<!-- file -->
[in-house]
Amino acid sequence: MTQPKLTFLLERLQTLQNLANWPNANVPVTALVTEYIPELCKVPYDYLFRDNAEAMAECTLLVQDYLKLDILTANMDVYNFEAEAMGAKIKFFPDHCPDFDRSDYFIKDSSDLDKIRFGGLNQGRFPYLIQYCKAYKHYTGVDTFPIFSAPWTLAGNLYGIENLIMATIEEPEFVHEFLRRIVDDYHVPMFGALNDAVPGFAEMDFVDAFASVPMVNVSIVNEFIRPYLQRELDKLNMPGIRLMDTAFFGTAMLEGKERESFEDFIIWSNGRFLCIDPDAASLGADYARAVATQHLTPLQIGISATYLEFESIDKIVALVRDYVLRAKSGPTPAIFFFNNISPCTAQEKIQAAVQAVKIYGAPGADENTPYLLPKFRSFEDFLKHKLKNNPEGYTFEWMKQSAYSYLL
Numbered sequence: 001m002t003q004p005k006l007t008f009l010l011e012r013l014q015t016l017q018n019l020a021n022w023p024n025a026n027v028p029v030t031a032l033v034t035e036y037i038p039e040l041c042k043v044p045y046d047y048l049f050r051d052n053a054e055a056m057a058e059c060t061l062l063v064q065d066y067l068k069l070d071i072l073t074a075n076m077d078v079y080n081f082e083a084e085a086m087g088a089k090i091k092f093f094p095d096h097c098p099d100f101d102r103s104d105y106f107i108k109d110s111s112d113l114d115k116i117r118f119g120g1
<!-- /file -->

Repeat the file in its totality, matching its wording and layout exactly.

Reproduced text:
[in-house]
Amino acid sequence: MTQPKLTFLLERLQTLQNLANWPNANVPVTALVTEYIPELCKVPYDYLFRDNAEAMAECTLLVQDYLKLDILTANMDVYNFEAEAMGAKIKFFPDHCPDFDRSDYFIKDSSDLDKIRFGGLNQGRFPYLIQYCKAYKHYTGVDTFPIFSAPWTLAGNLYGIENLIMATIEEPEFVHEFLRRIVDDYHVPMFGALNDAVPGFAEMDFVDAFASVPMVNVSIVNEFIRPYLQRELDKLNMPGIRLMDTAFFGTAMLEGKERESFEDFIIWSNGRFLCIDPDAASLGADYARAVATQHLTPLQIGISATYLEFESIDKIVALVRDYVLRAKSGPTPAIFFFNNISPCTAQEKIQAAVQAVKIYGAPGADENTPYLLPKFRSFEDFLKHKLKNNPEGYTFEWMKQSAYSYLL
Numbered sequence: 001m002t003q004p005k006l007t008f009l010l011e012r013l014q015t016l017q018n019l020a021n022w023p024n025a026n027v028p029v030t031a032l033v034t035e036y037i038p039e040l041c042k043v044p045y046d047y048l049f050r051d052n053a054e055a056m057a058e059c060t061l062l063v064q065d066y067l068k069l070d071i072l073t074a075n076m077d078v079y080n081f082e083a084e085a086m087g088a089k090i091k092f093f094p095d096h097c098p099d100f101d102r103s104d105y106f107i108k109d110s111s112d113l114d115k116i117r118f119g120g1